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Panel Urges National Strategy to Fight Underage Drinking

The National Academy of Sciences issued a report Sept. 9 calling for a comprehensive national plan to combat underage drinking.

The panel urged alcohol manufacturers, businesses, the entertainment industry, parents and other adults to develop “a deep, shared commitment” to working together to curb drinking by minors.<?xml:namespace prefix = o ns = “urn:schemas-microsoft-com:office:office” />
 
“All segments of <?xml:namespace prefix = st1 ns = “urn:schemas-microsoft-com:office:smarttags” />U.S. society should address underage drinking in a serious, coordinated and sustained manner,” said Richard J. Bonnie, a professor at the University of Virginia and chairman of the committee that wrote the report. “We have to find effective ways to protect our nation’s youth, while we respect the interests of responsible adult consumers of alcohol.”
 
Recommendations called for heightened adult supervision of children’s behavior and for the alcohol and entertainment industries to take stronger steps to shield young people from unsuitable messages about alcohol consumption.
 
The report’s most controversial recommendation called for raising excise taxes on beer, the alcoholic beverage that youth most prefer. The report said that when adjusted for inflation, alcohol is cheaper than it was 30 to 40 years ago and cited studies showing that even small changes in tax rates discourage youths with a limited discretionary income from drinking.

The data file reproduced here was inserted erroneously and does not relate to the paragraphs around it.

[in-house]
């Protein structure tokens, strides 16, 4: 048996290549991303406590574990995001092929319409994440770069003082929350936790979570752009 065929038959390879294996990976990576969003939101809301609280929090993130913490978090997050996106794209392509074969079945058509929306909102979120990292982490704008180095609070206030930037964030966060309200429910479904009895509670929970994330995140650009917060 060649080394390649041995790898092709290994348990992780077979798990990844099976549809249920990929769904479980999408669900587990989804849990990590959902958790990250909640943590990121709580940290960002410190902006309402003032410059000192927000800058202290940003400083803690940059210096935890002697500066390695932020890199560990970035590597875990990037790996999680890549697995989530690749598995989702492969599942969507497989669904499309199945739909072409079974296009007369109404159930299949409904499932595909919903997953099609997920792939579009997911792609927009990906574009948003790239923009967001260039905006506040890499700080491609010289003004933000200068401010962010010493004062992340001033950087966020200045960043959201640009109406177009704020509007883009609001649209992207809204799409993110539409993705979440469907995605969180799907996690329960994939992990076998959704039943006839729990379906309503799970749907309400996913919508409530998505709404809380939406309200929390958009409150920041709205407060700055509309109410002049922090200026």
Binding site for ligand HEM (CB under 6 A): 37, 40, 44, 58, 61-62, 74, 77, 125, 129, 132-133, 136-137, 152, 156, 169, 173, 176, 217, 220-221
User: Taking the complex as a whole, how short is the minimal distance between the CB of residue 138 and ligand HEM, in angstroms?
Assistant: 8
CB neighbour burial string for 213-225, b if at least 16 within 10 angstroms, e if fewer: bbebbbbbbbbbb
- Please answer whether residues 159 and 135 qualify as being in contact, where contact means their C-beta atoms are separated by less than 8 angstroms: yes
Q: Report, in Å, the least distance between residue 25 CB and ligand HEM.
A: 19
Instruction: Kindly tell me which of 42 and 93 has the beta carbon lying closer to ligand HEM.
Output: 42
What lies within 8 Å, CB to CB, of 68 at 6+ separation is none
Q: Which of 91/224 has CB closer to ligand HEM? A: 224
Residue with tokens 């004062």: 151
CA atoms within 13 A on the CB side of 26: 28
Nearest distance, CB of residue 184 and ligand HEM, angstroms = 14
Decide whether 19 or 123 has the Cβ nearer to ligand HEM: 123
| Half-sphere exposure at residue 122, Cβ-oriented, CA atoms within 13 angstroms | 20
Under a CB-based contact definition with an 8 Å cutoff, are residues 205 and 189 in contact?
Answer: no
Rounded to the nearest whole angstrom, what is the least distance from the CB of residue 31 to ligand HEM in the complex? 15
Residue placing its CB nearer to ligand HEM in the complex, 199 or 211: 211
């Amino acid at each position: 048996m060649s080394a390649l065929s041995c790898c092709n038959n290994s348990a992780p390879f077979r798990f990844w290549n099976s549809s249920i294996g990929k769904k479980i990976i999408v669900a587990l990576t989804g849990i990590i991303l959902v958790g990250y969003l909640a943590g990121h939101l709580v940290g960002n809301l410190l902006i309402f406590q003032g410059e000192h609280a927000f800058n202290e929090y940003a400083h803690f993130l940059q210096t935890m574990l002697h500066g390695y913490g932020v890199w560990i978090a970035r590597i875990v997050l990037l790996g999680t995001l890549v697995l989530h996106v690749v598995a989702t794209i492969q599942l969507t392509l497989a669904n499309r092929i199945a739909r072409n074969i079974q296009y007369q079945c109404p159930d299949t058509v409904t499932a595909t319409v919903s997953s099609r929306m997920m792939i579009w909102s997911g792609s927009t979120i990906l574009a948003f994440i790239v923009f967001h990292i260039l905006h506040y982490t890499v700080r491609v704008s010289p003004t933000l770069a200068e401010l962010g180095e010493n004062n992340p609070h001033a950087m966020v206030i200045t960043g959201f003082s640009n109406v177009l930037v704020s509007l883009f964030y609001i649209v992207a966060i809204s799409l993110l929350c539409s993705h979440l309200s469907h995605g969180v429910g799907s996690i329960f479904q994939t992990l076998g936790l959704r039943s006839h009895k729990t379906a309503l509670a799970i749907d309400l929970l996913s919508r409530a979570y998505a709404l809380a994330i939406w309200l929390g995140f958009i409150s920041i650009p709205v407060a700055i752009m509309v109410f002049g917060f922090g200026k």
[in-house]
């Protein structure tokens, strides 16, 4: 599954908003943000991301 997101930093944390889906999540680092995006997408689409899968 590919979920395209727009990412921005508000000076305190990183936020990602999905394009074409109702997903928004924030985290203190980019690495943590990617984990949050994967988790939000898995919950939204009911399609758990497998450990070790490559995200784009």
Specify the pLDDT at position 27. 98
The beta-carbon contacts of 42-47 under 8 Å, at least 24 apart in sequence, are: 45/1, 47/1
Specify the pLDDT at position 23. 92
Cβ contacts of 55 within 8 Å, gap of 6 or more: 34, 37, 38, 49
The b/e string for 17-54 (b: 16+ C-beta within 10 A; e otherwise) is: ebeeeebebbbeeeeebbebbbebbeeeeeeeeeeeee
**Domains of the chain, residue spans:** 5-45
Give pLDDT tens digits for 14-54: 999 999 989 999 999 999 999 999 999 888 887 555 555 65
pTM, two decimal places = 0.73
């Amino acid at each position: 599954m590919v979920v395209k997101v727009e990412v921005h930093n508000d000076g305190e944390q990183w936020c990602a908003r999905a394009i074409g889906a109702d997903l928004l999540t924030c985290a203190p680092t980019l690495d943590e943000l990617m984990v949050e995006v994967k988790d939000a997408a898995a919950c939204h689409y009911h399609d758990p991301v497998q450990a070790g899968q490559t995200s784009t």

A spokesman for the alcohol industry, however, said the NAS panel relied on erroneous information and called the recommendation for raising excise taxes on beer “misguided.”
 
“Experience has shown that the only clear results from increasing beer excise taxes are higher unemployment and higher prices for responsible adults—such measures do nothing to lower teen drinking,” Jeff Becker, president of the Beer Institute, said in a statement.
 
The NAS study said that more young people drink alcohol than use other drugs or smoke tobacco. Underage drinking costs the nation an estimated $53 billion a year in losses stemming from traffic fatalities, violent crime and other risky behaviors, the study said.
 
Mothers Against Drunk Driving hailed the NAS report.
 
“Underage drinking is our nation’s No. 1 youth drug problem, killing 6.5 times more youth than all illicit drugs combined, yet the issue has been virtually absent from the federal agenda,” Wendy J. Hamilton, MADD national president, said in a statement.
 
Kathryn Swanson, chairwoman of the Governors Highway Safety Association, said her group is “very encouraged” by the NAS report and recommendations. “Although the problem is less severe than it was a decade ago, underage drinking and driving remains one of the top challenges faced by state highway safety offices,” Swanson said in a statement.
 
Join Together, a project against substance abuse and gun violence sponsored by the Boston University School of Public Health, also welcomed the NAS recommendations.
 
“The NAS recommendations should be adopted because there is strong research evidence to show that they will save lives,” said David Rosenbloom, director of Join Together. “The only opposition will come from the beer manufacturers and dealers, because they also know that the proposals will reduce the underage drinking that bloats their profits.”
 
Alcohol manufacturers, however, denied that they market their products to young people.
 
The American Beverage Institute said the panel was “stacked with neo-Prohibitionists,” alleging that nine of the 12 panelists are associated with anti-alcohol causes.
 
“A panel so heavily stacked with individuals bearing an anti-alcohol agenda cannot be expected to report objectively,” the group said in a news release.
 
A report issued the same day by the Federal Trade Commission concluded the alcohol industry does not intentionally market its product to young people. Critics said the FTC report relied too heavily on information provided by the alcohol industry.
 
Bob Allen is managing editor of EthicsDaily.com.